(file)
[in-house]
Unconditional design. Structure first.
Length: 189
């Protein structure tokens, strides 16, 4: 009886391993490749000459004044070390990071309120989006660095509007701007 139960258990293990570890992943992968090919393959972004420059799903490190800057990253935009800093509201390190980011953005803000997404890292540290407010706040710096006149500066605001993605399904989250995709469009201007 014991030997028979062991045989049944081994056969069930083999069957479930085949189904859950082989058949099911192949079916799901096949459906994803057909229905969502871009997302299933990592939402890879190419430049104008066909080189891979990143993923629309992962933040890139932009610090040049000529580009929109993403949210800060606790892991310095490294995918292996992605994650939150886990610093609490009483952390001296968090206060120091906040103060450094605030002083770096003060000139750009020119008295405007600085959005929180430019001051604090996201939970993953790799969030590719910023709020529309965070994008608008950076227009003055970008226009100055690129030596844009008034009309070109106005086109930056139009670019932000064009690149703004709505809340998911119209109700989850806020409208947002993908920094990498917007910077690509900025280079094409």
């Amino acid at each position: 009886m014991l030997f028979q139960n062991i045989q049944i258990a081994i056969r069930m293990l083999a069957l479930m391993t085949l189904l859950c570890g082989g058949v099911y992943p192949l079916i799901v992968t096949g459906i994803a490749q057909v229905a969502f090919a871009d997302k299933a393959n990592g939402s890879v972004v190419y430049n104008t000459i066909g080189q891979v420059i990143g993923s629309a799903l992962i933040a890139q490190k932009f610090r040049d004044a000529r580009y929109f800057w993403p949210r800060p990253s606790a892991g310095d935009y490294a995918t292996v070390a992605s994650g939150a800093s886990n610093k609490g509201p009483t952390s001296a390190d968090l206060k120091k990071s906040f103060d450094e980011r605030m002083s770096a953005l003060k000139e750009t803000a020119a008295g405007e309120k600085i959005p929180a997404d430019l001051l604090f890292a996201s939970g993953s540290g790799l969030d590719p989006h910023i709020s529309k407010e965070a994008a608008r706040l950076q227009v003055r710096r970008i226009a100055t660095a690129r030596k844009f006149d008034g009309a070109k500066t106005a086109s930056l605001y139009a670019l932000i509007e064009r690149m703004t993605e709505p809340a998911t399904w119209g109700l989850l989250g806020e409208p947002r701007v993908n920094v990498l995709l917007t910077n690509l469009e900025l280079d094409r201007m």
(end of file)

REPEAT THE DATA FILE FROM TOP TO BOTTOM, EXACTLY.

[in-house]
Unconditional design. Structure first.
Length: 189
């Protein structure tokens, strides 16, 4: 009886391993490749000459004044070390990071309120989006660095509007701007 139960258990293990570890992943992968090919393959972004420059799903490190800057990253935009800093509201390190980011953005803000997404890292540290407010706040710096006149500066605001993605399904989250995709469009201007 014991030997028979062991045989049944081994056969069930083999069957479930085949189904859950082989058949099911192949079916799901096949459906994803057909229905969502871009997302299933990592939402890879190419430049104008066909080189891979990143993923629309992962933040890139932009610090040049000529580009929109993403949210800060606790892991310095490294995918292996992605994650939150886990610093609490009483952390001296968090206060120091906040103060450094605030002083770096003060000139750009020119008295405007600085959005929180430019001051604090996201939970993953790799969030590719910023709020529309965070994008608008950076227009003055970008226009100055690129030596844009008034009309070109106005086109930056139009670019932000064009690149703004709505809340998911119209109700989850806020409208947002993908920094990498917007910077690509900025280079094409």
């Amino acid at each position: 009886m014991l030997f028979q139960n062991i045989q049944i258990a081994i056969r069930m293990l083999a069957l479930m391993t085949l189904l859950c570890g082989g058949v099911y992943p192949l079916i799901v992968t096949g459906i994803a490749q057909v229905a969502f090919a871009d997302k299933a393959n990592g939402s890879v972004v190419y430049n104008t000459i066909g080189q891979v420059i990143g993923s629309a799903l992962i933040a890139q490190k932009f610090r040049d004044a000529r580009y929109f800057w993403p949210r800060p990253s606790a892991g310095d935009y490294a995918t292996v070390a992605s994650g939150a800093s886990n610093k609490g509201p009483t952390s001296a390190d968090l206060k120091k990071s906040f103060d450094e980011r605030m002083s770096a953005l003060k000139e750009t803000a020119a008295g405007e309120k600085i959005p929180a997404d430019l001051l604090f890292a996201s939970g993953s540290g790799l969030d590719p989006h910023i709020s529309k407010e965070a994008a608008r706040l950076q227009v003055r710096r970008i226009a100055t660095a690129r030596k844009f006149d008034g009309a070109k500066t106005a086109s930056l605001y139009a670019l932000i509007e064009r690149m703004t993605e709505p809340a998911t399904w119209g109700l989850l989250g806020e409208p947002r701007v993908n920094v990498l995709l917007t910077n690509l469009e900025l280079d094409r201007m």